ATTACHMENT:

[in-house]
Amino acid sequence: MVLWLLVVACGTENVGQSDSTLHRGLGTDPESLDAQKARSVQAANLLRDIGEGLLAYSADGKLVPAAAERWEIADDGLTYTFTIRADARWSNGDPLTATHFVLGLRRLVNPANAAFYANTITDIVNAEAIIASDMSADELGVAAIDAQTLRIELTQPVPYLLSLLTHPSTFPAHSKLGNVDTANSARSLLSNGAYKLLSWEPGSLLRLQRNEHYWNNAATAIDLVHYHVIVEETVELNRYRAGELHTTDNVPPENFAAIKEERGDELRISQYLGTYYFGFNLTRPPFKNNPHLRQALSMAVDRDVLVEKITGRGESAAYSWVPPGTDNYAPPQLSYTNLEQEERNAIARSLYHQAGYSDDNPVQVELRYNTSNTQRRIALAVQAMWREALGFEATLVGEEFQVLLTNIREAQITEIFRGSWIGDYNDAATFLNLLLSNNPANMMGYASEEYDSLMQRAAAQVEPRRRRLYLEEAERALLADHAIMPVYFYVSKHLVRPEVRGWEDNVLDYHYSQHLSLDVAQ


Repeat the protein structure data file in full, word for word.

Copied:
[in-house]
Amino acid sequence: MVLWLLVVACGTENVGQSDSTLHRGLGTDPESLDAQKARSVQAANLLRDIGEGLLAYSADGKLVPAAAERWEIADDGLTYTFTIRADARWSNGDPLTATHFVLGLRRLVNPANAAFYANTITDIVNAEAIIASDMSADELGVAAIDAQTLRIELTQPVPYLLSLLTHPSTFPAHSKLGNVDTANSARSLLSNGAYKLLSWEPGSLLRLQRNEHYWNNAATAIDLVHYHVIVEETVELNRYRAGELHTTDNVPPENFAAIKEERGDELRISQYLGTYYFGFNLTRPPFKNNPHLRQALSMAVDRDVLVEKITGRGESAAYSWVPPGTDNYAPPQLSYTNLEQEERNAIARSLYHQAGYSDDNPVQVELRYNTSNTQRRIALAVQAMWREALGFEATLVGEEFQVLLTNIREAQITEIFRGSWIGDYNDAATFLNLLLSNNPANMMGYASEEYDSLMQRAAAQVEPRRRRLYLEEAERALLADHAIMPVYFYVSKHLVRPEVRGWEDNVLDYHYSQHLSLDVAQ